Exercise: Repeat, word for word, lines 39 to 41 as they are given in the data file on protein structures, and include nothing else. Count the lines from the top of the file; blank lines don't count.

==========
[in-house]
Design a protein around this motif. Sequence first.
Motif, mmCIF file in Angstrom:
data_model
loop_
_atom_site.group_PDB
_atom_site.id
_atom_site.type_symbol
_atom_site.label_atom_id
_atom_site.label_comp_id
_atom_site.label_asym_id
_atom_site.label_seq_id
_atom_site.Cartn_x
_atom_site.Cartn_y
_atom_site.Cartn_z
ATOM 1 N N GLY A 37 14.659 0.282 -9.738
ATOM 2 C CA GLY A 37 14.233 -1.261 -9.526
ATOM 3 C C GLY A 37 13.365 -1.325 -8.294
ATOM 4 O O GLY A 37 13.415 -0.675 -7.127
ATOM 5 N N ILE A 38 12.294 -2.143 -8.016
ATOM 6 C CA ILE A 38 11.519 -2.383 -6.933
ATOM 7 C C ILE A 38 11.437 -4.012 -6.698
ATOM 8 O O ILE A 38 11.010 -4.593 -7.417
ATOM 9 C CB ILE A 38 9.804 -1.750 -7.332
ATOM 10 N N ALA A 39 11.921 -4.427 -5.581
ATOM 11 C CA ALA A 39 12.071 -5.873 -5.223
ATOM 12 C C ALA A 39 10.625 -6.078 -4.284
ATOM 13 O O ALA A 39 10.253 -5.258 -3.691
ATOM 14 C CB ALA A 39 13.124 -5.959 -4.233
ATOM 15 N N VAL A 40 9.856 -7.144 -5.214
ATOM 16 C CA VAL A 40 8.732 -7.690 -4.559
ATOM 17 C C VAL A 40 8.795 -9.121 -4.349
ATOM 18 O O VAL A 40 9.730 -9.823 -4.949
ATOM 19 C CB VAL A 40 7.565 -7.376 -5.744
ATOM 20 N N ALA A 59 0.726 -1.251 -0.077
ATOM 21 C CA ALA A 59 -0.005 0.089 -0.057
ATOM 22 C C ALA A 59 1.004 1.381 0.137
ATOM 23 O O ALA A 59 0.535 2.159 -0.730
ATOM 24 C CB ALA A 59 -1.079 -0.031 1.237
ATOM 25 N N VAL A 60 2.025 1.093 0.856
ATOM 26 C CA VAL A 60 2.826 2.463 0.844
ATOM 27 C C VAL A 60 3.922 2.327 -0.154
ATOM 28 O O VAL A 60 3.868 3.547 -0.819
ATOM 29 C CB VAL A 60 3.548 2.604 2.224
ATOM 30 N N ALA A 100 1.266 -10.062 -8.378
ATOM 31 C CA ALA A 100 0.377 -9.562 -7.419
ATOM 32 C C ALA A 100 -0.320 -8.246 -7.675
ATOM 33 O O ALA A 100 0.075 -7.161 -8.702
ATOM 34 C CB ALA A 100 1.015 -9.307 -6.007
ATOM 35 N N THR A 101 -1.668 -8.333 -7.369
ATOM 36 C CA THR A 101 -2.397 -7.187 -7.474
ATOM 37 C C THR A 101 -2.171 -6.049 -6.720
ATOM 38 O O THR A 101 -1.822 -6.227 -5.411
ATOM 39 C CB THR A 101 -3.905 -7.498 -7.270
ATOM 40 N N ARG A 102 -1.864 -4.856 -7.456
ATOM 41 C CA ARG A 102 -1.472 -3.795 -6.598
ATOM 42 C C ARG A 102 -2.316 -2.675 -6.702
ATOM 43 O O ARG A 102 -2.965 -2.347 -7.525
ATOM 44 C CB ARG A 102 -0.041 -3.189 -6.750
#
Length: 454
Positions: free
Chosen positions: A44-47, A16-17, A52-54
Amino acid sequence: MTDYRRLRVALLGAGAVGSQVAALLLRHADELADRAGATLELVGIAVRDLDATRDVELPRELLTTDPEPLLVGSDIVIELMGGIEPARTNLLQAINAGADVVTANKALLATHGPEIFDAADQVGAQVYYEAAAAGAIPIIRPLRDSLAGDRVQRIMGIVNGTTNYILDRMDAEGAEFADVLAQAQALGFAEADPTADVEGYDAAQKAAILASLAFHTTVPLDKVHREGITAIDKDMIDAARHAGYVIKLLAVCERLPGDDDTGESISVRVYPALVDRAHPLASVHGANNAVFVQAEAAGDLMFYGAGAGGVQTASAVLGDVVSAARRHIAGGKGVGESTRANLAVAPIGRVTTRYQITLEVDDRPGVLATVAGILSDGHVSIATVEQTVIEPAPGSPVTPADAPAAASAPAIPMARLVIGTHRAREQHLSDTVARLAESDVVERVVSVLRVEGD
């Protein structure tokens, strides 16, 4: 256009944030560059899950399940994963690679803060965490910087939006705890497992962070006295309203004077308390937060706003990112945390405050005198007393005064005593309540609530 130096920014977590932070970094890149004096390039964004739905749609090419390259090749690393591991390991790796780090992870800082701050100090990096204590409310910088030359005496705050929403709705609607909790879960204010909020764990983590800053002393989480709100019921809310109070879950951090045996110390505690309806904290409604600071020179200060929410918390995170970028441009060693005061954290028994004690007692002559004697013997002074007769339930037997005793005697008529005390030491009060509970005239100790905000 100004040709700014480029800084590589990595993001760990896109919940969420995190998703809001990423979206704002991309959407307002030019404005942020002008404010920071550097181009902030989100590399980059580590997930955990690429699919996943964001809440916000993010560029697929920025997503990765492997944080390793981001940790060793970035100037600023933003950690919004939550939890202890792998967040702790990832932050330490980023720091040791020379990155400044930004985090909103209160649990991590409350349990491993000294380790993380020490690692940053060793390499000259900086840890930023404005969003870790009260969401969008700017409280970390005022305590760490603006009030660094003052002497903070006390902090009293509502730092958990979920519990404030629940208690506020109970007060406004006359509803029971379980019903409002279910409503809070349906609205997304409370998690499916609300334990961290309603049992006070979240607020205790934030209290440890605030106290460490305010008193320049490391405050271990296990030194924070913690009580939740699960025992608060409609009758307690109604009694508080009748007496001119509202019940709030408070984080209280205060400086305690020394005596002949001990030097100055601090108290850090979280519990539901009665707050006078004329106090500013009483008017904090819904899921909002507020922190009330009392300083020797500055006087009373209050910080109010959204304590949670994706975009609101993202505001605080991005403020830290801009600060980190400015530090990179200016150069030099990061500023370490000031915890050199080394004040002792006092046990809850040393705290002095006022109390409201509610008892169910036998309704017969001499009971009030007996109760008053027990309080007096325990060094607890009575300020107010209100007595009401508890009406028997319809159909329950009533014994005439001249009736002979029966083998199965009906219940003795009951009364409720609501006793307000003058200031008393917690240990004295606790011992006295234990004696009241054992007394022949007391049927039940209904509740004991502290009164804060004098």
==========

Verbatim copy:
ATOM 24 C CB ALA A 59 -1.079 -0.031 1.237
ATOM 25 N N VAL A 60 2.025 1.093 0.856
ATOM 26 C CA VAL A 60 2.826 2.463 0.844